Is Film Criticism Dead In Nollywood?
Nigeria may be home to the second largest film industry in the world, but life as a Nollywood film critic remains as frustrating as that of a thirsty sailor stranded at sea. And with few publications covering film reviews (and paying peanuts for them), Nigeria’s small circle of dedicated critics is forced to earn a living through other avenues.
“[Film criticism] is a payless job,” says Oris Aigbokhaevbolo, a film critic and editor. “I have written for a lot of local platforms, and I know how the payment regime works, which means it doesn’t work.”
Cinephile Alithnayn Abdulkareem, who pursues film criticism as an active hobby, cited lack of funding as the reason she won’t pursue it as a career. She also questions the editorial independence of some publications, claiming an editor once asked her to rewrite her copy to appease Nollywood insiders.
“I tweeted a very angry post about being censored,” says Abdulkareem.
Another challenge facing film critics comes from Nollywood’s indiscriminating audience and filmmakers, who regard them as pesky middlemen.
“Directors are pissed because we’re telling audiences what to watch and their authority is being undermined,” says Aigbokhaevbolo. “Meanwhile, the audience is asking: ‘Who are you to tell me what to see?’ In a sense, the critic is an orphan, an intruder.”
The unprofessionalism exhibited by some critics, however, is also to blame for the resistance from industry insiders and filmgoers.
Actor and producer Iretiola Doyle says she’s read criticism stating that a character she plays “looks like a horse.”
“Many times a lot of bile comes through that makes you question the writer’s objectivity,” she adds.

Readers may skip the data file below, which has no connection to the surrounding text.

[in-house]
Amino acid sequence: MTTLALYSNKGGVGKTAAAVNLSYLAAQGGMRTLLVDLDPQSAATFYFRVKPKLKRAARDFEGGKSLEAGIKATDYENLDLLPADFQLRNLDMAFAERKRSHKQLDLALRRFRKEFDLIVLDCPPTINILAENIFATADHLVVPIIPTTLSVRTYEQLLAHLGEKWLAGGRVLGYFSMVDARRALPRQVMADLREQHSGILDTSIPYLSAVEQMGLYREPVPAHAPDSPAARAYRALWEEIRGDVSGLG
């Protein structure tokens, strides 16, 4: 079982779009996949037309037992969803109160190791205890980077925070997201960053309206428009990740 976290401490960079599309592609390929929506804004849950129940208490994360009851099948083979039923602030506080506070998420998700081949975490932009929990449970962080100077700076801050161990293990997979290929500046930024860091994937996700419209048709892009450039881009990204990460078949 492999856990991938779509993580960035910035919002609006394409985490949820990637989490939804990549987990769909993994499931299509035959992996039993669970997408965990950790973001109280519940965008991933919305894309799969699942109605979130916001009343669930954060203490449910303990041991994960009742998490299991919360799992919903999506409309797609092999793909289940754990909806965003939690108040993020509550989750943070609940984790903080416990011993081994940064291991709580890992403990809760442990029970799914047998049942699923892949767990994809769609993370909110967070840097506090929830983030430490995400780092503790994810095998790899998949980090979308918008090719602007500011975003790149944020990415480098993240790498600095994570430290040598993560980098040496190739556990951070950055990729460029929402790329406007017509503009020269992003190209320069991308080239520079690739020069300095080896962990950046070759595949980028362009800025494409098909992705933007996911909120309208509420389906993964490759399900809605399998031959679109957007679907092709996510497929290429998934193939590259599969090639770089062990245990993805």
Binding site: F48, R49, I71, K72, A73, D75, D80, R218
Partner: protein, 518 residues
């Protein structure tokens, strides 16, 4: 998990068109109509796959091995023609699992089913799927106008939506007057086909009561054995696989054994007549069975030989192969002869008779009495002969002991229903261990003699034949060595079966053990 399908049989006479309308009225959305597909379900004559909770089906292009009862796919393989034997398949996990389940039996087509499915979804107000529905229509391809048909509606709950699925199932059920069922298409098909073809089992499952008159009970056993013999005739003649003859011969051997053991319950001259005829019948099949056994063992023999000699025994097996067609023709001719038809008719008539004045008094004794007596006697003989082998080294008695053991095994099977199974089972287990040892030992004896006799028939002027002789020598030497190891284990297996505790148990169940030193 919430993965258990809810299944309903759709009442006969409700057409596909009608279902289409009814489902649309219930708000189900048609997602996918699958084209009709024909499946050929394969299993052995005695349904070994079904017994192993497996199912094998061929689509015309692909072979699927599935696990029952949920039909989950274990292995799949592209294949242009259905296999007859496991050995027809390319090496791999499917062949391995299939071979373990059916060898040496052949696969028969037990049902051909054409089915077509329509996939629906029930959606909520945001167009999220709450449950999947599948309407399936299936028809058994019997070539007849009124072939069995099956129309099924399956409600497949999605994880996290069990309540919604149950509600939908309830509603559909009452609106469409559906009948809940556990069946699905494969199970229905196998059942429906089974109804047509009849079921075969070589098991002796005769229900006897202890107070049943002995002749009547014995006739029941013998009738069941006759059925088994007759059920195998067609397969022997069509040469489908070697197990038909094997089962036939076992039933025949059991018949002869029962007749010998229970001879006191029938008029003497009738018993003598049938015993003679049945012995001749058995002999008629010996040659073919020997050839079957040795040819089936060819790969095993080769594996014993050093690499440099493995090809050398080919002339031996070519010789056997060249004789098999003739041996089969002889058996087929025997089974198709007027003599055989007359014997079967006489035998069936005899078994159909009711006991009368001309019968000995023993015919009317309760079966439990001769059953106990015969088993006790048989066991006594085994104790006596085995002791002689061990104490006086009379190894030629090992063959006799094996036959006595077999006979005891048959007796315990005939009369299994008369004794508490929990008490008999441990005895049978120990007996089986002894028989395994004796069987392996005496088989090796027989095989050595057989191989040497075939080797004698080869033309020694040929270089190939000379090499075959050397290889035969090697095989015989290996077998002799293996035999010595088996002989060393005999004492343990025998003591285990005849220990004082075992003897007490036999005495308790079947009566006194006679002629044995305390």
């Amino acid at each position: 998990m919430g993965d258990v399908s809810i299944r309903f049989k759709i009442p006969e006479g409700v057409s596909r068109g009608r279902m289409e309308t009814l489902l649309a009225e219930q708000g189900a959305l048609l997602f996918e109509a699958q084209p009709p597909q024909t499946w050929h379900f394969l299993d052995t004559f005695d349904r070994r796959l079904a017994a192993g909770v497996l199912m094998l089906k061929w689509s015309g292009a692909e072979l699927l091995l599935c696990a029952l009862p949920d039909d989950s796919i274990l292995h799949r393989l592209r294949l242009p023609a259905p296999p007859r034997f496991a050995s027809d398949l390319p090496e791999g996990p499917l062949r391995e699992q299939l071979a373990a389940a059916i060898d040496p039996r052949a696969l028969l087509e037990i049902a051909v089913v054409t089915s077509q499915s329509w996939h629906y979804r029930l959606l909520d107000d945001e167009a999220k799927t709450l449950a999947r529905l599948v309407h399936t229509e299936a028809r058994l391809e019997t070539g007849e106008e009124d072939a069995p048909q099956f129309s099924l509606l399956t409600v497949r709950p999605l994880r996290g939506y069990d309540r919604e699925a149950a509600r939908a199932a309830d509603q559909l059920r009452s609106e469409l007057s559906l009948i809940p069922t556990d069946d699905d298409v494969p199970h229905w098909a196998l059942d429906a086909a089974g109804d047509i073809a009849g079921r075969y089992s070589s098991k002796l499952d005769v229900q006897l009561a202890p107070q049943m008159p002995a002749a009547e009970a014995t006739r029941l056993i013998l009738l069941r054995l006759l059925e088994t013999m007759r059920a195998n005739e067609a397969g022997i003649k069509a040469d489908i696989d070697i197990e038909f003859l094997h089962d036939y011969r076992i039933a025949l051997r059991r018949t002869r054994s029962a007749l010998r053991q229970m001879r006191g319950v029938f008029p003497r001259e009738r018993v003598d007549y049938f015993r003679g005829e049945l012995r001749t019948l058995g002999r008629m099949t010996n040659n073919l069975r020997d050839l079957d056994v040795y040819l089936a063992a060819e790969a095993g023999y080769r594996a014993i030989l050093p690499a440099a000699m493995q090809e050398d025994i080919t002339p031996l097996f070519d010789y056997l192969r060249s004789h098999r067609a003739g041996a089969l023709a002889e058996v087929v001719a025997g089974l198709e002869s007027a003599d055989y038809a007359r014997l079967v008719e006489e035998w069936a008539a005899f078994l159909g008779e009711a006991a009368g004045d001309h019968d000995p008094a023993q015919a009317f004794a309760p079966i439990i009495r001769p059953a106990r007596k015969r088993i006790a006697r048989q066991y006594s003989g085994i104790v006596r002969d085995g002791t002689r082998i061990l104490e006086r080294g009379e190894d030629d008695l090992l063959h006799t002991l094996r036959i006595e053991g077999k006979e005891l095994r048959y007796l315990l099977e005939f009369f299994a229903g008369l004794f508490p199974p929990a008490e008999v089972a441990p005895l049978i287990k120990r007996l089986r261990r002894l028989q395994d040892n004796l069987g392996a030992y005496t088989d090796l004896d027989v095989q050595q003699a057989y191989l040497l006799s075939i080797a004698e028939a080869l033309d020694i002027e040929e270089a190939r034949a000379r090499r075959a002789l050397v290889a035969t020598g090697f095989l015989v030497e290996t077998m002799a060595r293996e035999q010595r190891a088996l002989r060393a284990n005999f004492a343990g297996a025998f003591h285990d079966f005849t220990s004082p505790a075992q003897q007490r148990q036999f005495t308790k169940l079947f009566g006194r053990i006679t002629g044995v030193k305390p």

In truth, good reviews should go beyond insults, serving instead as historical documentation of Nollywood’s development and Nigerian culture at a particular point in time, as wells as a wind vane pointing creatives and audiences to excellence.
On this point, Doyle agrees. “When the criticism is constructive, it serves as a check and balance on an industry not famous for honest and clinical self-appraisal.”
Beyond providing guidance, film criticism can be enjoyed for its literary qualities as Nollywood director Mildred Okwo attests.
“A well-written one is like sipping on very good wine, “she says. “ You don’t want it to finish.”
But if the vineyard yields poor grapes, should one expect good wine? For critics operating in an industry where middling movies are the norm, reviewing them becomes a sadomasochistic undertaking, even for the most enthusiastic.
“If the art is always sub-par, you lose energy after a while,” says Abdulkareem. “I’ve run out of ways to say the acting talent is not the problem Nollywood has, [that] what Nollywood lacks is good directors and cinematographers.”
Aigbokhaevbolo agrees, adding he feels a responsibility to the audience to speak out against shoddy movies.
Perhaps, Nollywood’s penchant for poor quality films can be curbed if awarding bodies set took on the role of the silent, powerful critic and set stringent judging criteria as done by The Golden Globes and Academy Awards. Further, a distinction needs to be made between critically acclaimed and commercially successful films. That way, first-rate movies that aren’t box office hits can be recognised for their artistry.
That said, all isn’t gloom and doom in Nollywood as some young filmmakers actively court the opinions of critics. Okwo, whose recent screenplay has undergone several rewrites, says she has benefitted from the input of critics.
Granted, Nollywood’s amorphous structure isn’t conducive to film criticism. But if more critics leveraged social media to promote promising talents—who otherwise might be overlooked, publicised reputable movies that aren’t getting the exposure they deserve and, most importantly, took great pains to improve their craft, Nollywood movies-goers would be more inclined to appreciate the importance of their work and in turn start demanding excellence from Nigeria’s second-rate film industry.